The theoretical gap is harder to state in a few sentences but just as important. Heritability is about populations and their variances; behavioral science ultimately is about individual people, and why they behave and experience the world as they do. If the heritability of differences in extraversion is equal to 0.4, what are the implications for how individual people develop their personalities? The simple hereditarian answer is that extraversion is in some (unspecified) sense fixed at conception. By extension, our psychological intuition that we make developmental choices about our behavioral characteristics under the influence of our families and the local and cultural environments is false, a psychological illusion. But if our behavioral differences are indeed the result of distal genetic differences, how exactly does that happen? The big biogenetic explanation that has always been promised about the “gene to behavior pathway” linking DNA to complex psychological experience has remained forever on the theoretical and empirical horizon. Variance partitioning has never been enough to convince the experiencing human that personality is predetermined by genes, and it never will be.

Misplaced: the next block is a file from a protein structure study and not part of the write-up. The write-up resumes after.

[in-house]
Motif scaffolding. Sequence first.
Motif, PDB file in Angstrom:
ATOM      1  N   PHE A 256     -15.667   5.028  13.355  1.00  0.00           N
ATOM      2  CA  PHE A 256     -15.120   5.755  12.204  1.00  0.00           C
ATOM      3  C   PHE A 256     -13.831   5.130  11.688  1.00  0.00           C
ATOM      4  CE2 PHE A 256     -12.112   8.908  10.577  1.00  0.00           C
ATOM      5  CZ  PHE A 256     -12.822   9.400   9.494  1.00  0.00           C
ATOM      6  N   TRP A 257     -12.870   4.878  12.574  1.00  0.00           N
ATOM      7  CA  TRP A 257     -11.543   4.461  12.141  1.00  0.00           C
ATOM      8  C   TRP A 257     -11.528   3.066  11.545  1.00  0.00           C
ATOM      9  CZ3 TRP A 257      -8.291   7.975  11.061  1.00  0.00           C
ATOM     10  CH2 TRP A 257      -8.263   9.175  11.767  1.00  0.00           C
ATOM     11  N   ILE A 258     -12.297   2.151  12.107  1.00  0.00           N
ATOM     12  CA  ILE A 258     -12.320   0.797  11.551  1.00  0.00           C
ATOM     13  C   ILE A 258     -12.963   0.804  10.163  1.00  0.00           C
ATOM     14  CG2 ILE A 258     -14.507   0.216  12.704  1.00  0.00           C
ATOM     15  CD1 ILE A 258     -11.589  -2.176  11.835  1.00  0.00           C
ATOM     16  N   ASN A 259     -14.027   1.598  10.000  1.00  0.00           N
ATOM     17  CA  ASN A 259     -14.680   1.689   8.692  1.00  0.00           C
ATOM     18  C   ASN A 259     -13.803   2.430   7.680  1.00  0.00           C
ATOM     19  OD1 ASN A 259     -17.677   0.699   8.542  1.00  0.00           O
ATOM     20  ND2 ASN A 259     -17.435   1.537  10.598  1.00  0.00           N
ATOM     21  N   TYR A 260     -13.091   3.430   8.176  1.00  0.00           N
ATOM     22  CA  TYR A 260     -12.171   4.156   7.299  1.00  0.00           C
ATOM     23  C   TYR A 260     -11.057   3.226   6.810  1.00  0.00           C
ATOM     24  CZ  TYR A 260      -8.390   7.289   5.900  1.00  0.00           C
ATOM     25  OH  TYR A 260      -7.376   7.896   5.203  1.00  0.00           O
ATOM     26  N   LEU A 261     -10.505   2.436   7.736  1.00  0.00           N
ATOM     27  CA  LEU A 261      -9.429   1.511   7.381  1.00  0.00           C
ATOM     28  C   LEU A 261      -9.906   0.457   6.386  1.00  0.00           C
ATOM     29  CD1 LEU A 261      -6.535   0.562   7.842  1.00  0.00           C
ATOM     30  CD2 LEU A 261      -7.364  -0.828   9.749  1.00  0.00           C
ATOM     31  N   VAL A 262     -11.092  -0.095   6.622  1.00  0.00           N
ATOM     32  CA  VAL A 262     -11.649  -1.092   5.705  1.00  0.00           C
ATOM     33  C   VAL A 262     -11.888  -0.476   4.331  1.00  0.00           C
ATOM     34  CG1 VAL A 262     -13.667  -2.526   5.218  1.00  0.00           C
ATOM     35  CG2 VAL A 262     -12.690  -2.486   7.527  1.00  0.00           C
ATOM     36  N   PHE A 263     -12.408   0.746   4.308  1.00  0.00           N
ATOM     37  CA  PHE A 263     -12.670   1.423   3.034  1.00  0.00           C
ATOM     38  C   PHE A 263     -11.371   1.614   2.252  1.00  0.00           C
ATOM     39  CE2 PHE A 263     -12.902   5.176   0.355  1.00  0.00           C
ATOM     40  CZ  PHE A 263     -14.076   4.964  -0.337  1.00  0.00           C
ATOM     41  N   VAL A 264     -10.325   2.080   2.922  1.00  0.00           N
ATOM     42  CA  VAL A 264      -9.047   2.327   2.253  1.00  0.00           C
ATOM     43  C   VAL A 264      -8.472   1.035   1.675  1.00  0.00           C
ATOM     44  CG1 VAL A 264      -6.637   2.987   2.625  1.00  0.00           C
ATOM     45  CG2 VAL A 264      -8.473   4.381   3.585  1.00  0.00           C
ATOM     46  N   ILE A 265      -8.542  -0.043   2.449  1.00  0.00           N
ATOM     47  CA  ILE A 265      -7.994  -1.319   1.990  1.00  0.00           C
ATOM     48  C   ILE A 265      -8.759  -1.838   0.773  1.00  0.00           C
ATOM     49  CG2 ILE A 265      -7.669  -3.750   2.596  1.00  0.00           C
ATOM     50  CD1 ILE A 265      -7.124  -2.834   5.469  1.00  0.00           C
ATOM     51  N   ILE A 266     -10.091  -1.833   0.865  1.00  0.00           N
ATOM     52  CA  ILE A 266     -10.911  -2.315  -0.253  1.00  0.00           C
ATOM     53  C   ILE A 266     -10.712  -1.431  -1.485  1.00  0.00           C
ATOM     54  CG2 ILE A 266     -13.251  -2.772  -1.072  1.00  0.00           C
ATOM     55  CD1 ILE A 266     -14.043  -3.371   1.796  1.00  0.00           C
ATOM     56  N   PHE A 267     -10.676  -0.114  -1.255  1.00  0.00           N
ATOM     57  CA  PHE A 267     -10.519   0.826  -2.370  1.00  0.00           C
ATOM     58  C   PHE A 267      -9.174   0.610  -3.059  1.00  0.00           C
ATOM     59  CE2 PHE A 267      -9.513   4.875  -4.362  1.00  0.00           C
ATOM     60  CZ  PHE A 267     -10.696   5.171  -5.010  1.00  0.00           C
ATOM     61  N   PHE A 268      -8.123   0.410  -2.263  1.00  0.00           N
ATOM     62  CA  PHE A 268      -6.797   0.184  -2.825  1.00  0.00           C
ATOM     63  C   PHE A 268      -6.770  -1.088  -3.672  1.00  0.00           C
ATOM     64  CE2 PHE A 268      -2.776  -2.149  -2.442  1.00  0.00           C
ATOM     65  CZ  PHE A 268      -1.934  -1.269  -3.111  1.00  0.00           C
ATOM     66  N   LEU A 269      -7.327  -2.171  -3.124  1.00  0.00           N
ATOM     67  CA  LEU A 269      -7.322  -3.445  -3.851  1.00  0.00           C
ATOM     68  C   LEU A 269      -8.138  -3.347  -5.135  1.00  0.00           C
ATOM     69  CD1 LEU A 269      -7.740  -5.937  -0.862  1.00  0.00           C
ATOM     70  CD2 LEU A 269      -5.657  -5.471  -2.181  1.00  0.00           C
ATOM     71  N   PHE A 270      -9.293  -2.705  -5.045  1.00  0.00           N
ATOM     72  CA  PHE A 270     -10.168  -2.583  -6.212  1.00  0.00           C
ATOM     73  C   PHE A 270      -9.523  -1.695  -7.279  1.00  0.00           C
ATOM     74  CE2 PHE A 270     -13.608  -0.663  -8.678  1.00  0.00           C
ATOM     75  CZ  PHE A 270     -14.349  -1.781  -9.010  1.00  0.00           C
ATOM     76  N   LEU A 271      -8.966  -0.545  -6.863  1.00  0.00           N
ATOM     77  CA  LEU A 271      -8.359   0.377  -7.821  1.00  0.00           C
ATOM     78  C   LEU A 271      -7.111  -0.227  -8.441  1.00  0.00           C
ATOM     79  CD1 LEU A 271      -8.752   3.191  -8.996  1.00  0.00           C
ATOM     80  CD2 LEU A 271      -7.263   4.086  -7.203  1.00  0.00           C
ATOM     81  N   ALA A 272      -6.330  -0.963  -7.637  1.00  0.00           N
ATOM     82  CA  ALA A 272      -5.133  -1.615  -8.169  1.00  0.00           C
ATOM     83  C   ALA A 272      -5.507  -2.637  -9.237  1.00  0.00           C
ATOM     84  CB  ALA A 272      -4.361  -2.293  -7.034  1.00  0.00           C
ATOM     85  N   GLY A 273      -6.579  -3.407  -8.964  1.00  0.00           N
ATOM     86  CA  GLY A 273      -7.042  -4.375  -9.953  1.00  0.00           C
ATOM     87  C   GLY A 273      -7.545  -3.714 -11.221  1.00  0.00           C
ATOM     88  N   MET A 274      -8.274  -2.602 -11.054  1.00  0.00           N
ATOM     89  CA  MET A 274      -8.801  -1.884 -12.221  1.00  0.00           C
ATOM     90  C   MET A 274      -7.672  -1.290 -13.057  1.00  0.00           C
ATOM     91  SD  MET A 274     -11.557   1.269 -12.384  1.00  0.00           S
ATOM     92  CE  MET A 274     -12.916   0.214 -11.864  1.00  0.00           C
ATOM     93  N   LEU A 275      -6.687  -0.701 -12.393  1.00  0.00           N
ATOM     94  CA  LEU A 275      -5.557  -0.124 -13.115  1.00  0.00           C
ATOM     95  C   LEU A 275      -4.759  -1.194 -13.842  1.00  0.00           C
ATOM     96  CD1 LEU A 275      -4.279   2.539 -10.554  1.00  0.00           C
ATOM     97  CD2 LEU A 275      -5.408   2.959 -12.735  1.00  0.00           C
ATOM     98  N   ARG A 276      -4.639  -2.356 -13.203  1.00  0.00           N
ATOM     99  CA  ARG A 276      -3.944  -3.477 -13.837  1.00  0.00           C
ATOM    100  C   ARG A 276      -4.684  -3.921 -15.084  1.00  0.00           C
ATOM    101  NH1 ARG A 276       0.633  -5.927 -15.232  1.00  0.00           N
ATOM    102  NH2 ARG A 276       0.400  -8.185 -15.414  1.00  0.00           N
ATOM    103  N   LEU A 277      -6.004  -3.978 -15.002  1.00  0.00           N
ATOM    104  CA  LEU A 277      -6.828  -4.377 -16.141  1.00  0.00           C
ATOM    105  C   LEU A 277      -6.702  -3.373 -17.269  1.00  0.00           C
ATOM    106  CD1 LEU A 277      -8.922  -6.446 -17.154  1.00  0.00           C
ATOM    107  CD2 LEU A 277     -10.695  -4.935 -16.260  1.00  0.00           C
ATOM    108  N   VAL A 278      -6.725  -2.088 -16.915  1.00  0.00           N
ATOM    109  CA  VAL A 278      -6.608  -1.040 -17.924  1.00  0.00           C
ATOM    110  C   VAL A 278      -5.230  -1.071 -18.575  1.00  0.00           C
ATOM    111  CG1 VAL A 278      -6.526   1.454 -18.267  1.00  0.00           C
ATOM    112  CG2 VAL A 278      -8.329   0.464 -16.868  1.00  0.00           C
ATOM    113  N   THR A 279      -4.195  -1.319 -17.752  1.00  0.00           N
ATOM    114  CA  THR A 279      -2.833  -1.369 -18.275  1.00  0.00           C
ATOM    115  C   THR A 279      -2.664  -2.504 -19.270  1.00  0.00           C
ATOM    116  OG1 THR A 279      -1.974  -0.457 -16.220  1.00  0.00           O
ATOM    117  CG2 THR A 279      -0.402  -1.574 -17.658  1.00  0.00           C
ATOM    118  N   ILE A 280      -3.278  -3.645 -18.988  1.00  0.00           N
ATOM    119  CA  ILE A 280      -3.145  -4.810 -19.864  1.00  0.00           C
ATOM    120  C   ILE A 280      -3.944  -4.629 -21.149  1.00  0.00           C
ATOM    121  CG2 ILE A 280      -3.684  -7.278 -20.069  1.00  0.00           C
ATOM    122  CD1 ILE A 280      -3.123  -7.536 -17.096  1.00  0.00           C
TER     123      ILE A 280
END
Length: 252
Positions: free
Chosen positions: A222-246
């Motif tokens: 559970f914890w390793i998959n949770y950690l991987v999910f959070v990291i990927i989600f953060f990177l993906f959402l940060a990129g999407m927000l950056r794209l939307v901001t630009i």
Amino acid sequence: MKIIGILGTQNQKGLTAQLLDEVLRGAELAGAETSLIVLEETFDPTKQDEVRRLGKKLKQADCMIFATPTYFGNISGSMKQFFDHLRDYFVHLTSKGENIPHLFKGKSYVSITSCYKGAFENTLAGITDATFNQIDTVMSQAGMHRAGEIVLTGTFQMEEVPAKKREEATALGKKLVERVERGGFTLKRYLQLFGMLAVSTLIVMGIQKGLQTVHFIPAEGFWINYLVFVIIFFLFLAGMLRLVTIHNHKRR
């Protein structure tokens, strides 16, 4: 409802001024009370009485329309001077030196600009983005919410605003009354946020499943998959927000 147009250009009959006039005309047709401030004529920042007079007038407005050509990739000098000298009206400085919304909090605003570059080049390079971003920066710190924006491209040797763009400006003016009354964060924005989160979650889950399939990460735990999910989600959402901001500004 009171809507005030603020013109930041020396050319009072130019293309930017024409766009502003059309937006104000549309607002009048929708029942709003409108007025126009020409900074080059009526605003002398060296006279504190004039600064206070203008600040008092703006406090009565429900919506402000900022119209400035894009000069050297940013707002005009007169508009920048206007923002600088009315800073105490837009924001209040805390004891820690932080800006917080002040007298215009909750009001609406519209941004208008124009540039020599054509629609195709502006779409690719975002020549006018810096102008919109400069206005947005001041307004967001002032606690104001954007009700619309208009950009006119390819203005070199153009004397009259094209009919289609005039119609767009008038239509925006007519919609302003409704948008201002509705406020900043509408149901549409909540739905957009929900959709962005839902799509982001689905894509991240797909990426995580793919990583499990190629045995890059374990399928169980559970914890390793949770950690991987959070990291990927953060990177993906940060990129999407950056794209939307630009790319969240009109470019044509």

Now that the twin and adoption studies are done, and furthermore now that GWAS has been conducted on millions of individuals, what has behavior genetics elucidated about extraversion? It is, undeniably and replicably, heritable, but what else? We know about some variations on heritability: how it changes with age or gender, or across social classes, but those findings tend to be more about heritability itself, rather than being about extraversion per se, where it comes from and how it develops. The knowledge gap begins in developmental biology (and many of the most trenchant critics of behavior genetics have been biologists, from Richard Lewontin to Gilbert Gottlieb to Denis Noble to Kenneth Weiss), but it is also psychological, experiential, and ultimately philosophical. Questions of how biological givens about humans taken as a group (leading to evolutionary questions about human nature) or as individuals (leading to questions of self-determination and personal responsibility) underlie many if not most of the deep philosophical questions about human development. In Turkheimer (1998) I cited a remark by Toulmin to the effect that psychiatry was then the major contemporary arena of applied philosophy, and predicted that moving forward the major theoretical questions would involve behavior genetics. The developments of the last 20 years, if I may say so, have borne me out.